When Paul George shattered his right leg during a USA Basketball scrimmage in Las Vegas in August, ahead of the 2014 FIBA World Cup in Spain, it made a number of players — including reigning NBA Most Valuable Player Kevin Durant — take a step back and reconsider whether or not they wanted to continue competing for the U.S. men's national basketball team. One player whose commitment to the national program didn't waver, apparently? Well, that'd be Paul George.
George continues to work his way back to the Indiana Pacers in a monthslong comeback that's gone step-by-step, from jumpers to dunking to full-fledged practicing. As he considers whether he feels close enough to come back this season without screwing up his team's chemistry — a bit more of a concern when the Pacers were one of the NBA's hottest teams, a bit less of one now that Indy has dropped three straight to fall out of the top eight in the Eastern Conference — George has also begun to think about his status beyond this regular season ... not only with the Pacers, but with Team USA, according to NBA.com's John Schuhmann:
As a result of its gold medal victory in last year’s World Cup of Basketball, the U.S. has qualified for the  Rio [Olympic] games and won’t be participating in this summer’s FIBA Americas tournament, where two more Olympic bids will be earned. But the U.S. will bring together staff and players in Las Vegas for a four-day mini-camp in August. Potential Olympians were notified of the camp last fall, and the USA Basketball staff has been in communication with them throughout the season. [...]
This summer’s mini-camp will include another exhibition game at the Thomas & Mack Center on the campus of UNLV, where George snapped his right leg against the bottom of the basket stanchion last Aug. 1. The stanchions at Thomas & Mack have since been replaced by ones that are further from the court.
Though George has been practicing with the Indiana Pacers for three weeks, he has yet to decide if he’ll play this season. But he told NBA.com’s Steve Aschburner on Wednesday that his summer plans won’t change whether or not he plays between now and the end of the Pacers’ season. And when asked about the mini-camp, he was clear that he intends to be there.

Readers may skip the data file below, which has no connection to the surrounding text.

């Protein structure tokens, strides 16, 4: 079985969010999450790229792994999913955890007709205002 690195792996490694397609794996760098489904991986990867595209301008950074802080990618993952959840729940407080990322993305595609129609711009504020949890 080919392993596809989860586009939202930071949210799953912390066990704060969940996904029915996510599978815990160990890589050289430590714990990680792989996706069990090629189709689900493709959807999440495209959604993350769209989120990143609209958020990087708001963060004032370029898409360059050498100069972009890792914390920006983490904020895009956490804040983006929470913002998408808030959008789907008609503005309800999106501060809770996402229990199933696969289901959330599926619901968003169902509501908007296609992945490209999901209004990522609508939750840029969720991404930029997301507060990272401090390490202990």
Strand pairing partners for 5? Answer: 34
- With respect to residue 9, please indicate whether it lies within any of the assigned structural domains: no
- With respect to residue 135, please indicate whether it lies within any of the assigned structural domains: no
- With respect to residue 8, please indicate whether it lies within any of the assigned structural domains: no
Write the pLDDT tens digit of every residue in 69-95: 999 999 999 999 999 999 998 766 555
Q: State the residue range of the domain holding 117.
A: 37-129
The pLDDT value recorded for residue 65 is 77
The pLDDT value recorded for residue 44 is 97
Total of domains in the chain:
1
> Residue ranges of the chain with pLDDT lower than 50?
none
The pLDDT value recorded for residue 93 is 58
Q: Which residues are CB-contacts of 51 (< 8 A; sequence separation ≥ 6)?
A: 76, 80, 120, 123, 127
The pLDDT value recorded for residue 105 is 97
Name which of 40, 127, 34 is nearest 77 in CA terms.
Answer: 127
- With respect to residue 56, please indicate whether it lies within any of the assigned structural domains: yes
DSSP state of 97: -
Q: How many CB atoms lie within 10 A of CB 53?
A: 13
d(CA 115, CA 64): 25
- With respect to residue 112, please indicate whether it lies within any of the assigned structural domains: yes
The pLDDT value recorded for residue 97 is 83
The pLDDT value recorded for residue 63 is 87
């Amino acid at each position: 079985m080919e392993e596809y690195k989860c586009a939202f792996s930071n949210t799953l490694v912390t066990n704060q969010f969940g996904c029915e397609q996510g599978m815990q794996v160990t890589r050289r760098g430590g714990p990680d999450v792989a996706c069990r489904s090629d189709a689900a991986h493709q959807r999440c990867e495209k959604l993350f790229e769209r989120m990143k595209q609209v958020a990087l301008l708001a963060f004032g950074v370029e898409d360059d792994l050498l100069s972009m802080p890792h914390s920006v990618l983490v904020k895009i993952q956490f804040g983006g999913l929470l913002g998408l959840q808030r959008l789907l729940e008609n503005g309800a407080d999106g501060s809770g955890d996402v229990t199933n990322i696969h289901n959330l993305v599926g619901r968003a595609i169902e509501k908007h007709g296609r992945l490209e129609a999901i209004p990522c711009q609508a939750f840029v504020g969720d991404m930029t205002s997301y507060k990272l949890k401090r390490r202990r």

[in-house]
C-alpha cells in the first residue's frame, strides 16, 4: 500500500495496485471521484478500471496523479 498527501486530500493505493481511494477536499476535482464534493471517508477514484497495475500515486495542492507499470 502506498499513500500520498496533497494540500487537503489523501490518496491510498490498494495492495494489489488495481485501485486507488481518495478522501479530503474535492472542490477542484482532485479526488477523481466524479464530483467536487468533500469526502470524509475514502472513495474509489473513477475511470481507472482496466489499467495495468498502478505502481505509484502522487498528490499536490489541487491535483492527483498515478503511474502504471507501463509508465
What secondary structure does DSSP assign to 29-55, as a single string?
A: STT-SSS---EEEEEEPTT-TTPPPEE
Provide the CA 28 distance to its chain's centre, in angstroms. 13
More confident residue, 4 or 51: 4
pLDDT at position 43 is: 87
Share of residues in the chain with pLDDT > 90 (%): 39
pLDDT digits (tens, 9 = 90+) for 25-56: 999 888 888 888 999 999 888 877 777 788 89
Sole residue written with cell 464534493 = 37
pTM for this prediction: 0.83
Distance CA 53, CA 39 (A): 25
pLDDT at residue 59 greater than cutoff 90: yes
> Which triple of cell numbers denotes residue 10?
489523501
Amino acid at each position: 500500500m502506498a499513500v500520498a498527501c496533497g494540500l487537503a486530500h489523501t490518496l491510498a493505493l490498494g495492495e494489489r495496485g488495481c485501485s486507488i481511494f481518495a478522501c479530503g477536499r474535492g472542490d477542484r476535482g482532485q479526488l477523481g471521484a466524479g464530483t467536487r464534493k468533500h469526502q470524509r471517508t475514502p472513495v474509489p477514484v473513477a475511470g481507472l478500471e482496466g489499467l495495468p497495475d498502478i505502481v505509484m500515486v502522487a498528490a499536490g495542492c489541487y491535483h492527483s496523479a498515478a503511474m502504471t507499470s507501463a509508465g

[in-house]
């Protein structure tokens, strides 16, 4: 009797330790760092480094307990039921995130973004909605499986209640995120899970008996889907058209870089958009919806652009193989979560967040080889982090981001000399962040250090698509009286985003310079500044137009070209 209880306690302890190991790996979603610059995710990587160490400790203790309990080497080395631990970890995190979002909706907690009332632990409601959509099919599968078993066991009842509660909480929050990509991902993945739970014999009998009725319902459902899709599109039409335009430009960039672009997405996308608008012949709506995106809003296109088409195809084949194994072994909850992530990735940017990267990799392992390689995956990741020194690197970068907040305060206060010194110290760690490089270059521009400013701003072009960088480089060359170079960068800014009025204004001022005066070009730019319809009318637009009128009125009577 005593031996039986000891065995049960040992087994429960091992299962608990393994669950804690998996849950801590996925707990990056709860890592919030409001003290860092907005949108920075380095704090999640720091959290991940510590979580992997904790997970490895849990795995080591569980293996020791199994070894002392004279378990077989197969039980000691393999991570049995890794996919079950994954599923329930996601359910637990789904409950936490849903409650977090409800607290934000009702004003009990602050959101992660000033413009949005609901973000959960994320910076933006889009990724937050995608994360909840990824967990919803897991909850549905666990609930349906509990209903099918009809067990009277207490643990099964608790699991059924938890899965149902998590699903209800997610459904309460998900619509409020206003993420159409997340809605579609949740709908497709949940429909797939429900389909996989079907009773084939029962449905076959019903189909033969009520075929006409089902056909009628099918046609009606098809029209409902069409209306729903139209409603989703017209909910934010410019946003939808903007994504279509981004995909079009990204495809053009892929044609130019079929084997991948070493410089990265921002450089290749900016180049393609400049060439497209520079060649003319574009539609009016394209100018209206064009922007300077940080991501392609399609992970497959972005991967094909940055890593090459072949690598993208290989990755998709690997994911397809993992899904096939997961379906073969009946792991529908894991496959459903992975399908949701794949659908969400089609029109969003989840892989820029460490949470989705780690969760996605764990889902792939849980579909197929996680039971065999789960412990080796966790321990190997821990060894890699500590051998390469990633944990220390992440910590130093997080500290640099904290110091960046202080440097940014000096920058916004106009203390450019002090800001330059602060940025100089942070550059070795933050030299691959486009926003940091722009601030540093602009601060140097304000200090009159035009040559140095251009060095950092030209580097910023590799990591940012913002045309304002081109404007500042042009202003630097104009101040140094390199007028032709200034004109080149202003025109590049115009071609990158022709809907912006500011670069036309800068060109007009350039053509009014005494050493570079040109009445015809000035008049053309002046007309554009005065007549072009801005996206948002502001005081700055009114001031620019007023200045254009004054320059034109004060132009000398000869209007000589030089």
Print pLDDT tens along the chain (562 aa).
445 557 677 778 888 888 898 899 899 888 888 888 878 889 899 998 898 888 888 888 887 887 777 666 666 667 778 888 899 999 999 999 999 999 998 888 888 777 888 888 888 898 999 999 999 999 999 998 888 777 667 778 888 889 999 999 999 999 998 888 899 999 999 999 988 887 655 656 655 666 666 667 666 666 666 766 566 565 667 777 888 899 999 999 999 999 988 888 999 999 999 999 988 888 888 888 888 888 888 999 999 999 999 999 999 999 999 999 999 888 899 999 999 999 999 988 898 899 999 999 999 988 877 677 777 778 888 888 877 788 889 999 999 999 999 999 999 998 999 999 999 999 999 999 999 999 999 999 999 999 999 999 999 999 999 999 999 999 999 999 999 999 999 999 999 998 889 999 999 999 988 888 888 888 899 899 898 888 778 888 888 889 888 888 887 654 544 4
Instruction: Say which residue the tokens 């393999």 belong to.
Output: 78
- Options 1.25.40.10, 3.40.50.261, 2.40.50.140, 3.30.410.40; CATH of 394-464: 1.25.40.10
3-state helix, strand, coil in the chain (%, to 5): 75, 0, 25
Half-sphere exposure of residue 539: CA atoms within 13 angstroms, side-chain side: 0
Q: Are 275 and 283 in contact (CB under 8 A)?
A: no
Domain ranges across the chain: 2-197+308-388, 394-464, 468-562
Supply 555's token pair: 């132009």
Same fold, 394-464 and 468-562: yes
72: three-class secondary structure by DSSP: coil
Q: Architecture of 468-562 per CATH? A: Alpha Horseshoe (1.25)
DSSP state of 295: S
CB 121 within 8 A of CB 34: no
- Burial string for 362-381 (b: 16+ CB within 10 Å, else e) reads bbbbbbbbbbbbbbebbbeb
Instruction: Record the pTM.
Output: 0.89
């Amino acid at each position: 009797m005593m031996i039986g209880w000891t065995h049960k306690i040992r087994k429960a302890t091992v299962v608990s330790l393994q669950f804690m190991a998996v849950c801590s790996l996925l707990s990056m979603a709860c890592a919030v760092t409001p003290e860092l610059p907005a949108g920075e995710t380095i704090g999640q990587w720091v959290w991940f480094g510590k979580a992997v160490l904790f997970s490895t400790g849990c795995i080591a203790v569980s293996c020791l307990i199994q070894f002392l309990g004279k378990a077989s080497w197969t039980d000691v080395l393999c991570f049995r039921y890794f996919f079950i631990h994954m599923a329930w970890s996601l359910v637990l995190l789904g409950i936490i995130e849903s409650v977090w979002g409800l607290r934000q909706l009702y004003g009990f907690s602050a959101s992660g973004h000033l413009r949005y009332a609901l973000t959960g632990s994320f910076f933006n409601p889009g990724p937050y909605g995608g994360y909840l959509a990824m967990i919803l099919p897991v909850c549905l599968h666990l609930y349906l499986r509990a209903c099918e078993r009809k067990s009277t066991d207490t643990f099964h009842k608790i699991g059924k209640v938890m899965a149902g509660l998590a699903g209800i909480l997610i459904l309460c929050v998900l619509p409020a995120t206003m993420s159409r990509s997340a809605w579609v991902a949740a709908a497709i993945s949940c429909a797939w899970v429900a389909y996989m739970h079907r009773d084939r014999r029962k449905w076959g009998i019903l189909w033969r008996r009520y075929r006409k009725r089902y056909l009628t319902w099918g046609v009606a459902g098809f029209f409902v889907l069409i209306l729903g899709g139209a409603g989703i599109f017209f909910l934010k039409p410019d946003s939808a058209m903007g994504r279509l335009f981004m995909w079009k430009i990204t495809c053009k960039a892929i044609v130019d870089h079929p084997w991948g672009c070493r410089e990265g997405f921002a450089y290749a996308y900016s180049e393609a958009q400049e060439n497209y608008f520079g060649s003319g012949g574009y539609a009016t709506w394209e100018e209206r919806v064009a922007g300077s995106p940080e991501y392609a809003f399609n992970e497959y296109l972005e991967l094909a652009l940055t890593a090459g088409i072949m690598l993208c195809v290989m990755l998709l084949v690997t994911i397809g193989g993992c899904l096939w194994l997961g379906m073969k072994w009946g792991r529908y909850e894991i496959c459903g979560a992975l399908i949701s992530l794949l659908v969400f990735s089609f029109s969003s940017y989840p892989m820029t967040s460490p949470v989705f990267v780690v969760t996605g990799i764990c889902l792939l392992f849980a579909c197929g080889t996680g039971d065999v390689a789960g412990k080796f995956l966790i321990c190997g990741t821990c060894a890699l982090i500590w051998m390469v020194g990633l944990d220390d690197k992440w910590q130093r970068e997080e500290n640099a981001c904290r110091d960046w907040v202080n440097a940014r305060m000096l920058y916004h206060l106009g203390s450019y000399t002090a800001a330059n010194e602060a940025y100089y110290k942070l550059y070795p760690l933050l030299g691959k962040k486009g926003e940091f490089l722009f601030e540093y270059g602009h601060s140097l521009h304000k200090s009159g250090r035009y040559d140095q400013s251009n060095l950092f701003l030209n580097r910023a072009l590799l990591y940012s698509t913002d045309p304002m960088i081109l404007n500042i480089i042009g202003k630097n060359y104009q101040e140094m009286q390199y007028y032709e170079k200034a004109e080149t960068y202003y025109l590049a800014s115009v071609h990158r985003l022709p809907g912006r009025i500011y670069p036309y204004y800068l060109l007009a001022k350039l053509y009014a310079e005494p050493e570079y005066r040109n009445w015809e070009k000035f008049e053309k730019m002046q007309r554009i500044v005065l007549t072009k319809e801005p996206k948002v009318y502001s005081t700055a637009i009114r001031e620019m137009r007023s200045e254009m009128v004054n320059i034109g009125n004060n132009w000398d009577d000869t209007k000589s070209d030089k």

“I’m in,” George said. “Of course.”
“The day it happened,” George added, referencing his injury, “right after, I told them I looked forward to continuing on with USA basketball.”
And right after the injury, Team USA's brass told George he'd be welcomed back to the fold for the 2016 Olympics with open arms:
Wanting to add to George’s motivation during the comeback from a broken right leg, [USA Basketball managing director] Jerry Colangelo and coach Mike Krzyzewski have also already made it clear to the Pacers small forward that he is expected to be in the lineup in the Rio de Janeiro Olympics.
“We’ve told him we have a spot for him in ’16,” Colangelo told NBA.com at festivities Thursday in advance of the Friday enshrinement of the Hall of Fame class.
Without seeing how he comes back?
“Right,” said Colangelo, also the Hall chairman. “That’s what we told him.
As Colangelo told Schuhmann, the forthcoming August mini-camp isn't really a tryout for the 2016 squad, per se, but more of a check-in to keep the players in the pool from which Team USA will select its final Summer Olympics roster in sync and invested in the program. And as our Eric Freeman wrote back in August, it's not entirely clear what Colangelo's "guarantee" means; were George to stumble in his recovery efforts, struggling to return to the two-way brilliance that made him one of the league's most exciting ascendant All-Stars prior to his leg injury, it wouldn't be especially shocking to see George not wind up on the final Rio roster, especially given how loaded the U.S. squad tends to be on the wings.
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Either way, it's heartening to hear that George is eager to participate in the mini-camp and willing to face what must be the awful feeling of returning to the scene of the most traumatic experience of his career. If he's able to get back on the court alongside his Team USA brethren and rediscover the spark that had him in line to be one of the leaders of the World Cup squad, you'd suspect that would go a long way toward calming any frayed nerves and restoring any confidence that George might have lost as he attempts to return to the ranks of the basketball world's elite.
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